Study guide for john lewis gaddis’s the cold war: a new history



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STUDY GUIDE FOR JOHN LEWIS GADDIS’S THE COLD WAR: A NEW HISTORY
Preface

1. Why study the Cold War? (ix)

2. What is Gaddis’s philosophy of history? (xi) I.e., how does he view history? What

are its parts or elements? What makes history important?


Prologue: The View Forward
1. Have you heard of the book 1984? Its author, George Orwell? Have you read the

book? (1)

2. What does the word “totalitarianism” mean? (2)

3. What was the great fear of the Cold War?

4. What ended the Cold War? (3)

5. What does Gaddis mean by “starting with visions” in order to understand the Cold

War? (3)
Chapter One: The Return of Fear
1. What was the Grand Alliance? (5) What were the circumstances of its formation?

2. Who were the key leaders of the Grand Alliance? (5) To what nations did they

belong?

3. What is the tragedy of the Cold War? (6)



4. What is the Cold War, according to the author? (6)

5. How were the Soviet Union (the Union of Soviet Socialist Republics, or USSR)

and the United States different historically? (7-8)

6. How were their experiences different during World War II? (8-9)

7. Why was victory partial?

8. What were the advantages of the Soviet situation after the war? (9)

9. What was Joseph Stalin like? What were his goals? (10-11, 14)

10. What did Stalin believe—or expect—after World War II? (12-14)

11. What was the U.S. dilemma after World War II? (15)

12. What was “isolationism”? Why was it important historically? (16)

13. How did President Franklin Roosevelt intend to modify American isolation after

World War II? (17)

14. Why was the issue of a Second Front in Europe so important in World War II?

What was meant by the term “Second Front”? (18-20)

15. After World War II, what sphere of influence and control did Stalin and the USSR

get? At what cost? (21-22) See the maps on pp. 13 and 23 for help in understanding

this.

16. What were the results of World War II for Germany? (22-24)



17. What issues contributed to the lack of trust between the Soviet Union and the

Western powers? (24-27)

18. How did Stalin respond to American development of the atomic bomb? (26-27)

19. What skewed (or distorted) Stalin’s view of the world situation?


20. In summary, why would you say that the Grand Alliance of World War II fell

apart?


21. What was the Long Telegram? Why was it important? (29, 31)

22. How did the Soviets respond to it? (30)

23. What was Secretary of State George C. Marshall’s plan for Europe’s recovery?

(31-32)


24. What were Stalin’s responses to Marshall’s “grand Cold War strategy”? (31-34)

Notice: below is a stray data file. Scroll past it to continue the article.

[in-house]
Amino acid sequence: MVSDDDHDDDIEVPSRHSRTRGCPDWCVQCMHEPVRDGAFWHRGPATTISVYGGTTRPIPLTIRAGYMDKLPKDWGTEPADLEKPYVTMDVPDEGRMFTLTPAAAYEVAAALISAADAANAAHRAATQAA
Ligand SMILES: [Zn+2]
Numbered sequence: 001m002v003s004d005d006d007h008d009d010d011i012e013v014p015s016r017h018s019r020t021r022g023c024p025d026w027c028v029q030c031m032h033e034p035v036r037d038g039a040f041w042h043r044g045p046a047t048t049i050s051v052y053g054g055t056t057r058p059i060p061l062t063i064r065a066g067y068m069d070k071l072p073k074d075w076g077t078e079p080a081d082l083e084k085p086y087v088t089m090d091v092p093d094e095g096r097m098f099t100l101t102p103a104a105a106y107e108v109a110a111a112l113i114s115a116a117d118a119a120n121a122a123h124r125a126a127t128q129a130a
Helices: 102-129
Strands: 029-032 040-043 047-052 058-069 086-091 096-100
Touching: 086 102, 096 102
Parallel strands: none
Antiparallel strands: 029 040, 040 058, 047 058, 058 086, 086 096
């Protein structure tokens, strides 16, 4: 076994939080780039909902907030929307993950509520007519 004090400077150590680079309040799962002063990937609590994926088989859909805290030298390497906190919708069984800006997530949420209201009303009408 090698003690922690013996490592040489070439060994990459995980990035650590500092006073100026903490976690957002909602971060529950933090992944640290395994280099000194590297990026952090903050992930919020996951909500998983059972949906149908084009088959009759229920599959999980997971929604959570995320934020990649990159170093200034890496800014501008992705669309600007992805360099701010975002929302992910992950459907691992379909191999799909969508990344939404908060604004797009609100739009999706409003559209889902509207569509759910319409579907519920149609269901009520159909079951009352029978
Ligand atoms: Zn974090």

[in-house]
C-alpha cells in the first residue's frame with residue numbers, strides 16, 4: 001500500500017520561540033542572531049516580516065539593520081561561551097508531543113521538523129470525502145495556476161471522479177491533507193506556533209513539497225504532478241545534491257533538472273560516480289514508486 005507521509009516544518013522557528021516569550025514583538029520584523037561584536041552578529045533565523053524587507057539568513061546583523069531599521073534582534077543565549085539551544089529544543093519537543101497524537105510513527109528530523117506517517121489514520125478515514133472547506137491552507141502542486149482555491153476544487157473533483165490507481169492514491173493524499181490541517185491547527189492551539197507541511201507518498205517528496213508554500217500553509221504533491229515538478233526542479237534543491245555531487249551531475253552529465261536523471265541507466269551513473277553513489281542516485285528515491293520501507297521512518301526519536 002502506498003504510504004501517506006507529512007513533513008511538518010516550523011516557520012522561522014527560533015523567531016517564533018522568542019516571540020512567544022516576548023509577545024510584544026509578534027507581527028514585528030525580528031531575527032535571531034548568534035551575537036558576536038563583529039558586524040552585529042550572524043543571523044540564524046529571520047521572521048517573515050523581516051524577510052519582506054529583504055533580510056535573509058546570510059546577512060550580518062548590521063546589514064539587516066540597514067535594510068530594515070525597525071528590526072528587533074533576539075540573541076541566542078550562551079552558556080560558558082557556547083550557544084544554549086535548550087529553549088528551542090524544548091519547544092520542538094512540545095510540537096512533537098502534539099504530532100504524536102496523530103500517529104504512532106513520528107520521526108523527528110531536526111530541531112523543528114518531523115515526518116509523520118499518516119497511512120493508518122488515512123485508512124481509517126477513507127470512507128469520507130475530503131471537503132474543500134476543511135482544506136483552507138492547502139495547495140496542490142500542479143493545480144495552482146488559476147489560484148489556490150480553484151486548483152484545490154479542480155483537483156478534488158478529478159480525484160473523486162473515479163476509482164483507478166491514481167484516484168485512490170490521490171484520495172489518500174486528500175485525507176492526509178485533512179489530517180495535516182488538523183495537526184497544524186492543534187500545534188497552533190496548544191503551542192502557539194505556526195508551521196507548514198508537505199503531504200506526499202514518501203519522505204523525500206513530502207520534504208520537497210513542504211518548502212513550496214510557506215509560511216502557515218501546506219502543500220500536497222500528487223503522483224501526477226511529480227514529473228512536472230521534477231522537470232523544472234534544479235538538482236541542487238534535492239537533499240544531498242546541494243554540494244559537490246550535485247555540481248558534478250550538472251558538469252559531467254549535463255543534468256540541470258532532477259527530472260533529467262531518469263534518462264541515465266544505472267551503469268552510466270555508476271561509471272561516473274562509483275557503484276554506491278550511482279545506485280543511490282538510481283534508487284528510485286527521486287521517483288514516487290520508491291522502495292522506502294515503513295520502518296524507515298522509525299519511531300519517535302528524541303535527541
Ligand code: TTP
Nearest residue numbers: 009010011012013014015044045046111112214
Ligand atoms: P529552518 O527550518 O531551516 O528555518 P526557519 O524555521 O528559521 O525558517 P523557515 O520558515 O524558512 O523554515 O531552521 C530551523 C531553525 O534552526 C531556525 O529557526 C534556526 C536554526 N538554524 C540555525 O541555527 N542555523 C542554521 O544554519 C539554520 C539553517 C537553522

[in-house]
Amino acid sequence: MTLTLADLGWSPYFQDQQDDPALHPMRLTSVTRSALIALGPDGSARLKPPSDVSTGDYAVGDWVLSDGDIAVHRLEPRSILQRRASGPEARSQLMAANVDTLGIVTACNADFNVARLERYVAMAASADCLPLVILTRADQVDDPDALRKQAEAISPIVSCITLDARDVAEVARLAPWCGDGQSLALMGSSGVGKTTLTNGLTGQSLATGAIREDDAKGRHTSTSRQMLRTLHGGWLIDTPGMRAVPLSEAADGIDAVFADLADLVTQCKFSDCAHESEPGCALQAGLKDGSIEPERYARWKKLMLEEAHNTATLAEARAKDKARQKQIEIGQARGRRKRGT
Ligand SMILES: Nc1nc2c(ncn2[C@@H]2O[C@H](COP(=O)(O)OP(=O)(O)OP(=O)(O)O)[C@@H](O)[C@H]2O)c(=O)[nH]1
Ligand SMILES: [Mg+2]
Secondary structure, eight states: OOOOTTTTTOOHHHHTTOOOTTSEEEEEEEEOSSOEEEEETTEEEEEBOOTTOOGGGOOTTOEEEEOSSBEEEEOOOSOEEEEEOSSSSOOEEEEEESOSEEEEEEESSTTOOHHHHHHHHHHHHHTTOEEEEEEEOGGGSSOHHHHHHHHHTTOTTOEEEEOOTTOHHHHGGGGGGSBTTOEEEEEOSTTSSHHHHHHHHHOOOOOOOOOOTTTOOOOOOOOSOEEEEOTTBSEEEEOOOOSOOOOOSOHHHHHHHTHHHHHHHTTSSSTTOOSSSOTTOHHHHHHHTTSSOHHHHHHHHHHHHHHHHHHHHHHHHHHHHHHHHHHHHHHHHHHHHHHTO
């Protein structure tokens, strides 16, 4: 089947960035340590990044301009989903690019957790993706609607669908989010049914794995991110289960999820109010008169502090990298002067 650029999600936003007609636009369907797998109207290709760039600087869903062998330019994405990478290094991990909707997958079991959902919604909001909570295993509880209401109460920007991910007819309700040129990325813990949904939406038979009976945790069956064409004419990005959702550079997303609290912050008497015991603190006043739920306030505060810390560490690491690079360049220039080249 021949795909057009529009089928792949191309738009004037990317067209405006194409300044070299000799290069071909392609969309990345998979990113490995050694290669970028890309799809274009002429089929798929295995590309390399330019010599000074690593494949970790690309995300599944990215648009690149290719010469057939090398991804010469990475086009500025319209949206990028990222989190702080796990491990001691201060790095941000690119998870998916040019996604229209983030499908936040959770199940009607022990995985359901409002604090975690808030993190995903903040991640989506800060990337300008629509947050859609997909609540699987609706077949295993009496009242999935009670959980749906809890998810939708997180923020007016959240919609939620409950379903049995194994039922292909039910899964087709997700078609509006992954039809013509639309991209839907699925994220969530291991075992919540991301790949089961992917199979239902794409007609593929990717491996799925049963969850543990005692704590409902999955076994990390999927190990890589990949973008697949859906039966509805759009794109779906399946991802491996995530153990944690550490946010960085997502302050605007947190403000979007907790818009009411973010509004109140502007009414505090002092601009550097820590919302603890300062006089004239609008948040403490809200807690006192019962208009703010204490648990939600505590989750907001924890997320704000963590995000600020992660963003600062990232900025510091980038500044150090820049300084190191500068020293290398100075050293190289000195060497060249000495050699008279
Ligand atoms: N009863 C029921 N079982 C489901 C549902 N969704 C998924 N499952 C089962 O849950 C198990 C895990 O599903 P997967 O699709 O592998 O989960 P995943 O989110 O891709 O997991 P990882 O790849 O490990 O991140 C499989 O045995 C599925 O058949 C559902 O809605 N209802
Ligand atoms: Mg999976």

25. How does Stalin come across so far? (7-34)

35. What apparent setbacks did the Western powers experience in 1949 and 1950?

(34-40)


36. What influenced the thinking of China’s Mao Zedong? (37-39)

37. How did Cold War realities spread to Korea? Southeast Asia? (40-42)

Discuss the Korean War, using the map on p. 44.

38. How did Mao’s response to the Korean War differ from Stalin’s? (43-45)

39. Summary: How would you describe the world situation as of 1950? (46-47)

40. What, according to Gaddis, does this say about human nature? (47) Do you

agree?
Chapter Two: Deathboats and Lifeboats
1. What was your response to your author’s story on pp. 48 and 49?

2. Why do you think he inserted that two-paragraph story? Why didn’t it happen that

way?

3. What is meant by a “limited” war? Why was that a reality during the Cold War?



(50-52 and ff.)

4. Has human nature changed regarding warfare, as the author maintains at the

bottom of p. 52? What has changed? (52-53)

5. Aside from the destructive capacity of nuclear wapons, what were the problems

with their use in warfare? (54, 59)

6. What do you think of President Harry Truman’s attitudes and policy toward

nuclear weapons? What do you think of his leadership at this critical time? (50-55)

7. How did Joseph Stalin react to the U.S. monopoly of atomic weapons? (56-58)

Was he being realistic?

8. What is your impression of Joseph Stalin to this point in the book?

9. What were the arguments for building a hydrogen bomb? (61-62) Do the

arguments make sense?

10. How did President Dwight D. Eisenhower differ from Truman? (64,66) Why?

11. What dilemmas did Eisenhower and his administration face? (66-67) How did

they resolve the dilemmas? (68)

12. What was Nikita Khrushchev like? Describe his character, attitudes, and

behavior. (68-72, 78-79)

13. What is a Potemkin village? (72) Don’t know? Look it up!

14. Why were U-2 spyplane flights and satellite photographs critical for the

Americans in the late 1950s? (72-75)

15. Why did Khrushchev provoke the Cuban Missile Crisis in October of 1962? (75-

77) How did he behave during the crisis? (77-78)

17. Under Secretary of Defense Robert McNamara’s guidance, what strategic

doctrine and understandings emerged from the missile crisis? Explain MAD.

(80-81)

18. What were these treaties and understandings based on? (81-82)



19. How did nuclear weapons ironically contribute to the survival of both sides in the

Cold War?

20. Is nuclear war “irrational,” as Gaddis contends? Is “war . . . no longer . . . an

instrument of statecraft”? (81)


Chapter Three: “Command versus Spontaneity”
This chapter is heavy on ideology and light on historical background. Please

write down questions on anything you do not understand and ask them during class

discussions.

1. How did communist ideology influence people during the earlier part of the Cold

War? What accounted for its strength as an ideology? (84-85)

2. What do the words “bourgeois,” “bourgeoisie,” “proletarian,” and “coup d’ etat”